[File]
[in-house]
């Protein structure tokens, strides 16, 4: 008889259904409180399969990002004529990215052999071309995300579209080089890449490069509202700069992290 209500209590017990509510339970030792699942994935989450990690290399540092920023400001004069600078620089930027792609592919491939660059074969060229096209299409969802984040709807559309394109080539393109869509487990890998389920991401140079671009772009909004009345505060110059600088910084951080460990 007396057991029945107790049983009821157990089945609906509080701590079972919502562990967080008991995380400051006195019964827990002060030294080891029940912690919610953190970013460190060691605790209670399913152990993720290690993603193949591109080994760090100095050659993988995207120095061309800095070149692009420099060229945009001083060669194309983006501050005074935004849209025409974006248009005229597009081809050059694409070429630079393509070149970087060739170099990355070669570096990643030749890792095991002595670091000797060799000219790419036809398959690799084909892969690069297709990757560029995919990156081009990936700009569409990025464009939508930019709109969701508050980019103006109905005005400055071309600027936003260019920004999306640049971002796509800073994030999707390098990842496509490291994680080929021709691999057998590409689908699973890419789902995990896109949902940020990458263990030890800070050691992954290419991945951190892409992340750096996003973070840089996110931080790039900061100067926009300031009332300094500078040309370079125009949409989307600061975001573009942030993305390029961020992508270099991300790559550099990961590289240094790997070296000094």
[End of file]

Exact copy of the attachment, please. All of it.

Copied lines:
[in-house]
């Protein structure tokens, strides 16, 4: 008889259904409180399969990002004529990215052999071309995300579209080089890449490069509202700069992290 209500209590017990509510339970030792699942994935989450990690290399540092920023400001004069600078620089930027792609592919491939660059074969060229096209299409969802984040709807559309394109080539393109869509487990890998389920991401140079671009772009909004009345505060110059600088910084951080460990 007396057991029945107790049983009821157990089945609906509080701590079972919502562990967080008991995380400051006195019964827990002060030294080891029940912690919610953190970013460190060691605790209670399913152990993720290690993603193949591109080994760090100095050659993988995207120095061309800095070149692009420099060229945009001083060669194309983006501050005074935004849209025409974006248009005229597009081809050059694409070429630079393509070149970087060739170099990355070669570096990643030749890792095991002595670091000797060799000219790419036809398959690799084909892969690069297709990757560029995919990156081009990936700009569409990025464009939508930019709109969701508050980019103006109905005005400055071309600027936003260019920004999306640049971002796509800073994030999707390098990842496509490291994680080929021709691999057998590409689908699973890419789902995990896109949902940020990458263990030890800070050691992954290419991945951190892409992340750096996003973070840089996110931080790039900061100067926009300031009332300094500078040309370079125009949409989307600061975001573009942030993305390029961020992508270099991300790559550099990961590289240094790997070296000094």